As an advocate for sustainable architecture, what is your understanding of the term?
It’s a very fashionable term. Everyone claims to be sustainable, whatever industry they are in. To understand sustainability, what you have to do is to look at the past, the history of the past few hundred years in the region. Sustainability was not something we considered traditionally as a layer that you bring onto what you do. We did not have a choice but to be sustainable. Especially in a climate like ours, you couldn’t survive if you did not have energy or water. The kind of architecture and urban planning that naturally evolved over the past 500-1,000 years was generically sustainable. It used local materials, buildings were cooler in the summer and warmer in the winter; they used thick stone walls. Water was given more importance, hence the creation of the baolis and stepwells. People were doing this not to save the planet; they were doing this because that was the way to be.
So what changed?
Somewhere along the line, a disjunction happened. Globally, we saw the disjunction in the 1970s, before the oil crisis, when oil was cheaper than beer. In New York, buildings were made where lights would be installed without switches. They calculated and realised that it was cheaper to leave the lights running 24×7 than installing a light switch. With that came the notion that we could build in a way that was divorced from climate. Airconditioning was invented, and people realised that they could build the same building in Texas and Alaska, because they could get the 22 to 24 degree temperature inside. Energy was not an issue.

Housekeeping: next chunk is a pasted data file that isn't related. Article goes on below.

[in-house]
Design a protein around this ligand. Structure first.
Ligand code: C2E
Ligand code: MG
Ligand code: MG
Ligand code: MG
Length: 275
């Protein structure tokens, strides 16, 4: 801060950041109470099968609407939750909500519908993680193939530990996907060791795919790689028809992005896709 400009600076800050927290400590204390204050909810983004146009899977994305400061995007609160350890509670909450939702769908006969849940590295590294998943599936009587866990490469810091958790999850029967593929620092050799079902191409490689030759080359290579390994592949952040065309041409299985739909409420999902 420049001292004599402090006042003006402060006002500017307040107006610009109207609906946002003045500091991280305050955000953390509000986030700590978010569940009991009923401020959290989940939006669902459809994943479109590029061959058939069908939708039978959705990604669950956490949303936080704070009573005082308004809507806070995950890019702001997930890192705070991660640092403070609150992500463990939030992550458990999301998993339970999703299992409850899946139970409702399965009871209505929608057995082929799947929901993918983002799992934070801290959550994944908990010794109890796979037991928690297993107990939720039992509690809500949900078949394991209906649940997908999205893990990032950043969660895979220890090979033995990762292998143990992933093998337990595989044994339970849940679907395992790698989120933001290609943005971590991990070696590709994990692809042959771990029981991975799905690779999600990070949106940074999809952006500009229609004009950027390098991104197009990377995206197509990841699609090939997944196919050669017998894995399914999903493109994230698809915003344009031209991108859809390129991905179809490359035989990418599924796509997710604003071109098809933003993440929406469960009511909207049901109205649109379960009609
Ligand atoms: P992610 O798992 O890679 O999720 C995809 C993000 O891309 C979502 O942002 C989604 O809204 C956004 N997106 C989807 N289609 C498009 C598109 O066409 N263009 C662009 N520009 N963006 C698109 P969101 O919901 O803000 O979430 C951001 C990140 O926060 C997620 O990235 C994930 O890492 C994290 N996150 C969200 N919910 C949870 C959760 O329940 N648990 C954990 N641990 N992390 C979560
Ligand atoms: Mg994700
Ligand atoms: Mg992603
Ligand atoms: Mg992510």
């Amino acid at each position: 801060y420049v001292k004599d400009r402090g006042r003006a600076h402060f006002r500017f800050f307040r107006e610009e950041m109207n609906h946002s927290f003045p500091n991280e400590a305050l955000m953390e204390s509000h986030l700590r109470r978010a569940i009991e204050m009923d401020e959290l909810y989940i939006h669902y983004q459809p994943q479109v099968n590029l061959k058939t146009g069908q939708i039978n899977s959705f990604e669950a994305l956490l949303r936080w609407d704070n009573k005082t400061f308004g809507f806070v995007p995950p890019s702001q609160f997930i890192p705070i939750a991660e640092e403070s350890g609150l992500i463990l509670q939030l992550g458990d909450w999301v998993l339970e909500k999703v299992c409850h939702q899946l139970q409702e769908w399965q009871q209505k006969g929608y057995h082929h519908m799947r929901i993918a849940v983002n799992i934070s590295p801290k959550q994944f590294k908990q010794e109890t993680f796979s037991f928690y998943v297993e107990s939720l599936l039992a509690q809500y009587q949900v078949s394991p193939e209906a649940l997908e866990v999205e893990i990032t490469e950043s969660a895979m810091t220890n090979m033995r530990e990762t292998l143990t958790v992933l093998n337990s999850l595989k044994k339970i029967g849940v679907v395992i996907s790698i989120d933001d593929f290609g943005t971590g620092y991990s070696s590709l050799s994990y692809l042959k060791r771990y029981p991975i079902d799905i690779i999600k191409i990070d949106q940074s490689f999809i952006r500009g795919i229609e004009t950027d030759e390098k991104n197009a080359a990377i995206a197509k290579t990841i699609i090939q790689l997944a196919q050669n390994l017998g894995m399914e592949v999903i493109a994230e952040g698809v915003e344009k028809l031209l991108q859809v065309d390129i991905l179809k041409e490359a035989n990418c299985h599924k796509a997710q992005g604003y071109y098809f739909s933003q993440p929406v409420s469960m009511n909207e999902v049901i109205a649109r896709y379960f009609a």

India took much longer. Even in the early ’90s, architecture and planning in India was responsive to the environment, because in cities like Delhi, there were tremendous power cuts. As a people, we’ve had a strong relationship between the inside and the outside. Then came 1991, our financial independence so to speak, and we just lost our marbles. We went for the transplantation of buildings from the global North to the South. We brought architecture here that had no relevance, because we thought it stood for globalisation. We never understood what we were good at. Our policies were not geared around sustainability. We began to plan cities as if we had the most amazing cold clima te and everyone had cars. We neither focussed on mass transit nor on walking, cycling, public spaces. Sustainability disappeared from our consciousness.
Sustainable architecture is seen as a domain of the rich. But greater percolation can only come by making these houses significantly cheaper. That really isn’t happening, is it?
But it is. It depends on where you look in India. The problem in housing is the price of land, not really the price of going green, because land has been cartelised since Independence. That brings us to urban planning. Until we move away from this land-use model, we’re not going to get the cities we want. Until the government stops selling land to private individuals who put boundary walls around, you will end up with this city full of islands, where the only democratic space is the street. The correct model to adopt is one of urban design with integrated planning. It is perhaps not as remunerable to certain people to do it that way. But that is the only way.